The New Orleans Saints are, as has been the case for the past three years, among the favorites to win 2021’s Super Bowl. Their past three seasons have ended in heart-breaking fashion, and with Drew Brees’ window rapidly closing, the Saints’ roster looks as talented as ever. This year might need to be the one they get over the hump with, or else the 2017-2020 Saints will be looked at as one of history’s great “what-ifs.”
New Orleans knows it will get production from players like Brees, Alvin Kamara and Michael Thomas. However, buried within the roster are players who will have to be key cogs in order for the Saints to finally close the deal. These are those players.
Latavius Murray, RB
It took a Kamara injury to get Murray going last season, and his true dominance only last two games against the Bears and Cardinals, in which he had back-to-back 100-plus yard games. Three of Murray’s five rushing touchdowns last year came in those two games, and from that point Murray tapered off a bit with flashes of brilliance.
In 2020, the Saints need more consistency out of Murray. They knew what they were letting go of when Mark Ingram walked — that production won’t be replicated — but as Kamara accrues more injuries over time the Saints need someone they can rely on. Not just in the running game, but in the passing game as well. Ingram’s golden years as a pass-catcher for the Saints were from 2015-2017, when he averaged 380 yards receiving a season. If Murray can bump up to 300 yards from his 235 last year out of the backfield, that would be an improvement and a big boost for the Saints’ offense.
In a perfect world, the Saints can have Murray in the backfield while Kamara or Ty Montgomery split out. That keeps the threat of a run or a pass alive, and that threat is what the Saints’ offense thrives on. However, that means Murray making the most of every touch and staying in the 4.36 yard per carry range he was at last year. The hope is that Sean Payton will recognize Murray’s improvement last year and adapt, because his lack of use was part of the reason that he wasn’t a huge factor in the Saints’ offense. Payton should be able to learn from that.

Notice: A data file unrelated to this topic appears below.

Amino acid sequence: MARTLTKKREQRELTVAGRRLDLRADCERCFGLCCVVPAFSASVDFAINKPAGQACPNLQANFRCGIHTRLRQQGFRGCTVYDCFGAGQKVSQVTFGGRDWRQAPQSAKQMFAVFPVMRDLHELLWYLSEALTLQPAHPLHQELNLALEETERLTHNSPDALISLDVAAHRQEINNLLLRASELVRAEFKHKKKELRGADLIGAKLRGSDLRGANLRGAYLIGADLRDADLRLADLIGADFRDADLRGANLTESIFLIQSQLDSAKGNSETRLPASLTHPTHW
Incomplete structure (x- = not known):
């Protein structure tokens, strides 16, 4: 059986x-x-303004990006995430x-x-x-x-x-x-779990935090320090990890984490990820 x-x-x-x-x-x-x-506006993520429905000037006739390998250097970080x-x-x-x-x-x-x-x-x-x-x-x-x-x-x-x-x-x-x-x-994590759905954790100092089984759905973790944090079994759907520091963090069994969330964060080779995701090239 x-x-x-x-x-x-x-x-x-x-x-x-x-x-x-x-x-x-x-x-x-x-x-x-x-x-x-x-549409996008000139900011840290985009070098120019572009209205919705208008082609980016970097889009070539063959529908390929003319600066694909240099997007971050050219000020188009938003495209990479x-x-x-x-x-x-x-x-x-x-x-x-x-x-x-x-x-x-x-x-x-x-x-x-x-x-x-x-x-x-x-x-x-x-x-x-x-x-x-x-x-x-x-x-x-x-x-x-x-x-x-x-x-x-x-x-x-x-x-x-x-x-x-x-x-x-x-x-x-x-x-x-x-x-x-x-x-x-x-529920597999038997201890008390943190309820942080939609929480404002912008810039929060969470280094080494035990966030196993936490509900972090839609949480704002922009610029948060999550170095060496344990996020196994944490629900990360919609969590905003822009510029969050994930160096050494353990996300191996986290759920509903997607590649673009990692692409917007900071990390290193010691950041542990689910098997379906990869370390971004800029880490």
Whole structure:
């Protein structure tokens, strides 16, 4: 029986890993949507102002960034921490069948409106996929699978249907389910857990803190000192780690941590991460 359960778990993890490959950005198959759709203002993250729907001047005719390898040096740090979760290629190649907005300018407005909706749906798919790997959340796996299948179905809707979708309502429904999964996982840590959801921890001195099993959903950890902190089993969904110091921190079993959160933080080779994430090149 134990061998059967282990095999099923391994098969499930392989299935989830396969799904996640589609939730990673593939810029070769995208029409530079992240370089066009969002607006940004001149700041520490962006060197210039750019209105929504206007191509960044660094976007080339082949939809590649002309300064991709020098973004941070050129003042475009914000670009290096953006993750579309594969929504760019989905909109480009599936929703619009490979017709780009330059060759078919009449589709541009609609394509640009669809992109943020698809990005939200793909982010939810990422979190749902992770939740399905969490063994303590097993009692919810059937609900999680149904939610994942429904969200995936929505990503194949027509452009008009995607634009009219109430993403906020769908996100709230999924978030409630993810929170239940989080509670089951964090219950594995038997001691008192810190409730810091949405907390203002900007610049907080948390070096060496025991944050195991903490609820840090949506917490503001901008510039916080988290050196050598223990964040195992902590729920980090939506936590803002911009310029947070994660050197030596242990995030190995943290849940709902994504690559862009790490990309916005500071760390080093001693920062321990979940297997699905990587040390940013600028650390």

Jared Cook, TE
Words cannot describe the importance of good tight end play in an effective Saints offense. 2009 Jeremy Shockey, 2011 Jimmy Graham and 2018 Benjamin Watson were all key targets (2018 Watson less so because of a massive emphasis on running the ball and a one-receiver system). 2019 Cook often felt like Brees’ only target outside of Thomas, with 32 of his 43 receptions going for first downs.
All things told, Cook had 705 yards last season. While Emmanuel Sanders’ presence may cut into his production, the Saints will need Cook (and his nine TD receptions from last year) to get Brees back into his best patterns, i.e. proliferating the ball to a bunch of different targets. While we might not see the 2009-2013 version where he hits 11 different receivers a game, it would be nice to feel like teams need to cover someone other than Thomas.
Cook’s greatest strength is his ability to create mismatches. He could be poised for a huge season if all goes well. The NFC South has a lot of immensely talented coverage linebackers, but now that Payton has a year with Cook he will undoubtedly move him around the formation to create those aforementioned mismatches.